It was too good to be true. With the left-hander Rich Hill starting for the Dodgers, and with Michael Conforto‘s cold streak, Curtis Granderson got the start in center. On the second pitch of the game, he would give the Mets the lead:
— TheRenderMLB (@TheRenderMLB) June 22, 2017
It was Granderson’s 19th lead-off homer with the Mets putting him back in a tie with Jose Reyes for the Mets all-time record.
After a scoreless first, the Mets would have their first lead in the series. As we all know at this point, it was too good to last.
Tyler Pill would surrender the lead in the third with some help from his defense. After a lead-off walk to Joc Pederson, T.J. Rivera threw one away to set up runners at second and third with no outs. To his credit, Pill limited the damage to one run on a Hill sacrifice fly.
Surprisingly, despite the Dodgers having scored a run, Pill still had a no-hitter going. That came crashing down in the fourth.
Starting with Cody Bellinger, the Dodgers just teed off on Pill. Bellinger ripped a ball to right field, and he tested Jay Bruce‘s arm. Bruce threw the ball away, and no one from the Mets over shifted infield bothered to cover third thereby just giving the base to him.
Yasiel Puig crushes a three-run home run to left field in the bottom of the 4th inning, before exchanging words with Travis d'Arnaud at home pic.twitter.com/XGKh5aH1pM
— TheRenderMLB (@TheRenderMLB) June 22, 2017
Wilmer Flores had something to say about it. Travis d’Arnaud said something to him. Between innings, Cespedes and Reyes talked with him.
The Mets are out there playing as poorly as you can making mental mistakes all over, not hitting with runners in scoring position, and getting their doors blown off on a nightly basis, but they’re going to talk to Puig about playing the right way? Ok.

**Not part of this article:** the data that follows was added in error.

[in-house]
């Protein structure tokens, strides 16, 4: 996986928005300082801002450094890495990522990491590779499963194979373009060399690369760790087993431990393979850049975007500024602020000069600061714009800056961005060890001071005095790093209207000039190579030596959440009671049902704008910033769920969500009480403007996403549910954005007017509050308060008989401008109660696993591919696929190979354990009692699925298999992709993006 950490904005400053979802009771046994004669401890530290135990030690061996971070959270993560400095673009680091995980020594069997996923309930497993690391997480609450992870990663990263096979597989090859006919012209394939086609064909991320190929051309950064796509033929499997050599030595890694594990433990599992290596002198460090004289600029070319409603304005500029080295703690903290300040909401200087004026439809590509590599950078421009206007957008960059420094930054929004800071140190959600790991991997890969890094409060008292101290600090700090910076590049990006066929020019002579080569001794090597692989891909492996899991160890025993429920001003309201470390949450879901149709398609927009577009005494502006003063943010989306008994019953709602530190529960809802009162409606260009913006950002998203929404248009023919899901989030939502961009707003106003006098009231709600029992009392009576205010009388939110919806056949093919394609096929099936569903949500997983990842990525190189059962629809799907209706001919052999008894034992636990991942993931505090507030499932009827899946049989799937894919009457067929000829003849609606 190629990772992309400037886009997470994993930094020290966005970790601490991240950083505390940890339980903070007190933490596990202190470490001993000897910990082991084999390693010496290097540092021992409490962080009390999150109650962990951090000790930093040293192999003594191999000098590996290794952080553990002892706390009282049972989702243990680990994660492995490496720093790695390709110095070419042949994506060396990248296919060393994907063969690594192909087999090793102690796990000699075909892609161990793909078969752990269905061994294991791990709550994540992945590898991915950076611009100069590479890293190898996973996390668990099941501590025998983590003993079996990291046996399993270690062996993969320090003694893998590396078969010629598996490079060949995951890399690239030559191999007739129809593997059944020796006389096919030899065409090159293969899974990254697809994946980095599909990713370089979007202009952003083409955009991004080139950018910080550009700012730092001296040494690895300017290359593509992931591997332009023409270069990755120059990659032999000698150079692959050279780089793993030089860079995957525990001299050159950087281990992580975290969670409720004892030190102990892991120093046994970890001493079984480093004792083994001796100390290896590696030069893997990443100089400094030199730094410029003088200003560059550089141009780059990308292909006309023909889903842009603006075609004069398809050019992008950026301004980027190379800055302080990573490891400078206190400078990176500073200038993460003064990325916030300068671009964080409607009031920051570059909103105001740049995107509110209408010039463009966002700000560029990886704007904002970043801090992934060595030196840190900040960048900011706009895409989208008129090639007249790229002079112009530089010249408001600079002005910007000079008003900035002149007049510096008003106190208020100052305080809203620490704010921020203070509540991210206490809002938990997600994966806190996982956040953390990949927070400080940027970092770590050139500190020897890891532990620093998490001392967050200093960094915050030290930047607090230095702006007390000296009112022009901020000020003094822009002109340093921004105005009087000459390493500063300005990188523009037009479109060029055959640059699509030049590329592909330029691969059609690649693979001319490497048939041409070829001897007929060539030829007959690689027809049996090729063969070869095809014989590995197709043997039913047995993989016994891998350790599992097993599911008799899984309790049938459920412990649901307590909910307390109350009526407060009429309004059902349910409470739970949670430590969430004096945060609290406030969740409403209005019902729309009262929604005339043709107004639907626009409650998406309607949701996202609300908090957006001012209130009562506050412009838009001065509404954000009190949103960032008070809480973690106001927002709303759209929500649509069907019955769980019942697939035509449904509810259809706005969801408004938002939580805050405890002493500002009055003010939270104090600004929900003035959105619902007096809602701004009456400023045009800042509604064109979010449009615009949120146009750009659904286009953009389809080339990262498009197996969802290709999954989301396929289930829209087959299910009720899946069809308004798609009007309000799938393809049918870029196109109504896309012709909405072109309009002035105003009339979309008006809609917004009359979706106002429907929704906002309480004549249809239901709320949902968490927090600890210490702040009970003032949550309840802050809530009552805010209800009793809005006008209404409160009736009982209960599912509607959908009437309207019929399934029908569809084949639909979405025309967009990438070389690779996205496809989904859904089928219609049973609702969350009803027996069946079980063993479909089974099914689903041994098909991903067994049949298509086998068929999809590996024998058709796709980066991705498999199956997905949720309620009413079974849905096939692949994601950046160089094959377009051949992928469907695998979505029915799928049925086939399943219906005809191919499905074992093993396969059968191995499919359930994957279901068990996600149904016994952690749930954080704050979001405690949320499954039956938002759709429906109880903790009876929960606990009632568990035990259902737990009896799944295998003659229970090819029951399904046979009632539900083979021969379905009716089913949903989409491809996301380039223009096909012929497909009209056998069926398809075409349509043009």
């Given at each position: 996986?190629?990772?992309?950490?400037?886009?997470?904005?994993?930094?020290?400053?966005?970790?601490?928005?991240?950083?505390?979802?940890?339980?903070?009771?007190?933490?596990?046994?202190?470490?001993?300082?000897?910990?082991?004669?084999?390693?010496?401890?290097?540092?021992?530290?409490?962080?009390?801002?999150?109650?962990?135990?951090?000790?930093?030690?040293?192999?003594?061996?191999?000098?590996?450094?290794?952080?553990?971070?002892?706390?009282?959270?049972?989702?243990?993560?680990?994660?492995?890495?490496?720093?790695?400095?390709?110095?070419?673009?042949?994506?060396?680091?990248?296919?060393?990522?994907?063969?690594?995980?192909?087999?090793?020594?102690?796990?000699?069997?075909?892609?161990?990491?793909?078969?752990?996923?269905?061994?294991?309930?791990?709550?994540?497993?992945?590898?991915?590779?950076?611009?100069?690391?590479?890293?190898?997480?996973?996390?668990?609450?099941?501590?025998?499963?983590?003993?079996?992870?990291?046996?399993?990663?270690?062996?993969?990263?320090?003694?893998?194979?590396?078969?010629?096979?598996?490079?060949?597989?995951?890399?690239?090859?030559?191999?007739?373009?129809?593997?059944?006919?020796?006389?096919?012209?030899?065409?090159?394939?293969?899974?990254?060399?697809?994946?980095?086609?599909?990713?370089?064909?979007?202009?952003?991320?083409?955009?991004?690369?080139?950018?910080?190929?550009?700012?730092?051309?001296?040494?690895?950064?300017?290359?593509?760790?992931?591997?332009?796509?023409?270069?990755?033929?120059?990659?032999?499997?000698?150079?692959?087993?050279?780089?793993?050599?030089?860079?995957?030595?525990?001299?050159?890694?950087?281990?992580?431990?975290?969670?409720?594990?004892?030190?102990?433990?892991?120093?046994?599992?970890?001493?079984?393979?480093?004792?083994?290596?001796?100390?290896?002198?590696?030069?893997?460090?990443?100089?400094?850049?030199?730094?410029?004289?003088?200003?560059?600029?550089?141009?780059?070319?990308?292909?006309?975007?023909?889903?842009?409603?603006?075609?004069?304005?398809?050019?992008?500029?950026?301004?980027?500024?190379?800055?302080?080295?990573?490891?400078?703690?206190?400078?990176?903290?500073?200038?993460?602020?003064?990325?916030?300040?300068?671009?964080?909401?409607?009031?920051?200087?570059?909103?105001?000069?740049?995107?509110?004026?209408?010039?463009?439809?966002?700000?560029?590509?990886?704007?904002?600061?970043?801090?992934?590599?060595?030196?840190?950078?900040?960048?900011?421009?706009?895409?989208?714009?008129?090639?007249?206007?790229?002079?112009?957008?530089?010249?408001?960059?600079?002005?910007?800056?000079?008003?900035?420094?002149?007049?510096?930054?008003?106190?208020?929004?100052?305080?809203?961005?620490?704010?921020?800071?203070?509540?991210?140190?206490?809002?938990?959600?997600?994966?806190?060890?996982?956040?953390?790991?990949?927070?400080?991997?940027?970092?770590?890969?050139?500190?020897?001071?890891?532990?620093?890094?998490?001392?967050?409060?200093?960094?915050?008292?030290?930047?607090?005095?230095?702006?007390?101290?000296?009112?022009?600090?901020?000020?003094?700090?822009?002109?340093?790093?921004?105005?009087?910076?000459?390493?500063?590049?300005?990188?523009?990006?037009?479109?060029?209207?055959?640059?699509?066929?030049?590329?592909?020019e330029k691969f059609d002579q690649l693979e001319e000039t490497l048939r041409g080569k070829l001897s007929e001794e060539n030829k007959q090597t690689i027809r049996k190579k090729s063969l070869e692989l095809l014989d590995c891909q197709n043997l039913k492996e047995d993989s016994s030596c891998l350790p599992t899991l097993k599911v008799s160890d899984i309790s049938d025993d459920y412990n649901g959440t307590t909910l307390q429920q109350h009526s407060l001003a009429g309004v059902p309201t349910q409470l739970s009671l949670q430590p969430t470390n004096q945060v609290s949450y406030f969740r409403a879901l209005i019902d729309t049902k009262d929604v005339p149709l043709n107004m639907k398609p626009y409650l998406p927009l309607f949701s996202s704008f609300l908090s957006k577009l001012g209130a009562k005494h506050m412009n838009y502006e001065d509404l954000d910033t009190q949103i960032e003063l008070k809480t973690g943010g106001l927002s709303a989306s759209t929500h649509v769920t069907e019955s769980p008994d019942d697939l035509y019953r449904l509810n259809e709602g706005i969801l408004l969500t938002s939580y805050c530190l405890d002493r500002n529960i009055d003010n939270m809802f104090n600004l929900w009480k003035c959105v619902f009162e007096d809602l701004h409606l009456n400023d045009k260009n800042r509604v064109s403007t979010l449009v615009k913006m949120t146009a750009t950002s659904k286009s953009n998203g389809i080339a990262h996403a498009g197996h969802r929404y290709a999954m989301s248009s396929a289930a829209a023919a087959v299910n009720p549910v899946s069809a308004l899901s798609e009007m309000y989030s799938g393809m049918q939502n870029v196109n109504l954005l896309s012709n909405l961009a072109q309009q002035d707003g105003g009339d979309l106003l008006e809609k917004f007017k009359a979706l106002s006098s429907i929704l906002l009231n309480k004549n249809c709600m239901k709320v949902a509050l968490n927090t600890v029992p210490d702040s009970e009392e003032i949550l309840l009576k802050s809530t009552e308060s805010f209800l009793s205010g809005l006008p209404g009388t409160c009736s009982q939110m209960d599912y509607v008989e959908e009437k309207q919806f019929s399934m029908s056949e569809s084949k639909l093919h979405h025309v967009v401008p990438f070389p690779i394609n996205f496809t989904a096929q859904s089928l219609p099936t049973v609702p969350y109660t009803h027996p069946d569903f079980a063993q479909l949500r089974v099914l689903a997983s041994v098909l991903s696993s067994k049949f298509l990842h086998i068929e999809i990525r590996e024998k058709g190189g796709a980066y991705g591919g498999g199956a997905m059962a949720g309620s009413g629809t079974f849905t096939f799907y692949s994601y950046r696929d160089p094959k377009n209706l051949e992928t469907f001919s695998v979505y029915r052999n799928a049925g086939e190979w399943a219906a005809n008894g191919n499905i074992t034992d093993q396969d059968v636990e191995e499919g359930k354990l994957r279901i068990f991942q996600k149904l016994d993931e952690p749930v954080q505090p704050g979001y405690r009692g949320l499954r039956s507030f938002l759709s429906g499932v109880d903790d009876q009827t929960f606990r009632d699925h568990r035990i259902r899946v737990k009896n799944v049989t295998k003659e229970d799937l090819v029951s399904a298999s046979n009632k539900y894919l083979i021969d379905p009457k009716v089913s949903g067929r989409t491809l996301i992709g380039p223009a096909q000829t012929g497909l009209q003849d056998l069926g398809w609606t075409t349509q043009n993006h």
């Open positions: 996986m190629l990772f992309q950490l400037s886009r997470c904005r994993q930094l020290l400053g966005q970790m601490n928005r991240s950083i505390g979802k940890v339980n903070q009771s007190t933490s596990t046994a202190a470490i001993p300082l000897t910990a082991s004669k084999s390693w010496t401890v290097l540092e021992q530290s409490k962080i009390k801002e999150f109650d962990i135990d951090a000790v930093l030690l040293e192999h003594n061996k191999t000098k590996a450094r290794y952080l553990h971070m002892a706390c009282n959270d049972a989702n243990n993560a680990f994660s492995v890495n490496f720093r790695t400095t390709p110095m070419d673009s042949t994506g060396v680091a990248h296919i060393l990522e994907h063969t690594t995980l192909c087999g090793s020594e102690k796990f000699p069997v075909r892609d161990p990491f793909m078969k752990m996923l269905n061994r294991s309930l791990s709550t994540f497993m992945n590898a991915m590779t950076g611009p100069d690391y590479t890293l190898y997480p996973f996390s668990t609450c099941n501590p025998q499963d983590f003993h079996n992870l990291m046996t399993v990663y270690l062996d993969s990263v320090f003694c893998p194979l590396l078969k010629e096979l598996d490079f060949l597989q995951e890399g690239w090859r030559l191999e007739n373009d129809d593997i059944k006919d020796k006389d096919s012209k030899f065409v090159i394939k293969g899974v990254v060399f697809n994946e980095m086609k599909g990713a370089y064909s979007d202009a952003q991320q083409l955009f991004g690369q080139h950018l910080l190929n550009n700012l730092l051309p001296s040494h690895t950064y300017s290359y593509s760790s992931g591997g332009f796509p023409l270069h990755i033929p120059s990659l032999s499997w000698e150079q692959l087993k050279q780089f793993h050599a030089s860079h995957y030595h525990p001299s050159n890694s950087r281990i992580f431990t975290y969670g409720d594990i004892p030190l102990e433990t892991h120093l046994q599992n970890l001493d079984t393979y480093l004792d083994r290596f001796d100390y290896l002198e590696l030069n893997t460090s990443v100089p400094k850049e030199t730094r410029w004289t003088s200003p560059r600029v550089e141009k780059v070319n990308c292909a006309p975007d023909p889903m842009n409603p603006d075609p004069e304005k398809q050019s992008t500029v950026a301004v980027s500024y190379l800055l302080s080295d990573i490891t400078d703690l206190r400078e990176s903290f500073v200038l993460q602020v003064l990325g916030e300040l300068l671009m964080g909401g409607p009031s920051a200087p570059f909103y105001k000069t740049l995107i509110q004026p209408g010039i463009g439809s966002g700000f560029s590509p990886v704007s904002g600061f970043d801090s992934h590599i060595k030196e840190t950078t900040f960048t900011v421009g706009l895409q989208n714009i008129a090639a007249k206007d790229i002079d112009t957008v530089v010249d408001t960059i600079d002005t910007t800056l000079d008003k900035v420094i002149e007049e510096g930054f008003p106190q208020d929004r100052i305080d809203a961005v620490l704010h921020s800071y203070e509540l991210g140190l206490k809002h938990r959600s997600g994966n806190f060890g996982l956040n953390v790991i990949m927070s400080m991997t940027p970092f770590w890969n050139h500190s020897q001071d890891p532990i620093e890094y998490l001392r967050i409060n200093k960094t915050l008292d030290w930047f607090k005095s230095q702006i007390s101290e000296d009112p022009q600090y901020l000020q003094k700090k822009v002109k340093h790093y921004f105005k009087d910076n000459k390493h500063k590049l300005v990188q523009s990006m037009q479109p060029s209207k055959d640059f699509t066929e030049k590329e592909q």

In some ways, it should have never come to this point. In the top of the fourth, the Mets had bases loaded with no outs with a chance to take a big lead. Instead, Hill would strike out Reyes, Gavin Cecchini, and Pill to get out of the inning.
Pill didn’t seem to have the same issue as his teammates did decking to plunk Puig in the sixth. Maybe it was because Pill was too worried about how poor he was pitching. His final line was six innings (career high), five hits, six runs, five earned, three walks, and six strikeouts.
Conspicuously absent in that line was a hit by pitch. For some, it was much ado about nothing. For others, it was a sign this team had no fight left.
In any event, a Yasmani Grandal sixth inning and eighth inning home run to make it 7-1. Neil Ramirez in his second inning of work would throw gasoline on the fire allowing two runs before handing the ball to Erik Goeddel. Goeddel would get out of the jam leaving the score at 8-1.
Grandy would hit an RBI double in the ninth to make it 8-2. That’s how it would end.
With that, the Mets are nine games under .500 for the first time this season. As bad as that is, things are really about to get worse than it already is.
Game Recap: Mets 5.01 ERA entering the game is the highest ERA the Mets have had this late in the season since 1962. After offseason elbow surgery, this was Goeddel’s first major league appearance this season.
Another run scored off a Joc Pederson RBI double. That capped off three straight Dodger extra base hits. It also was the end for Gsellman.
Gsellman’s final line was 4.2 innings, nine hits, eight runs, seven earned, three walks, and two strikeouts. At this point, it’s safe to assume he’s taking the loss.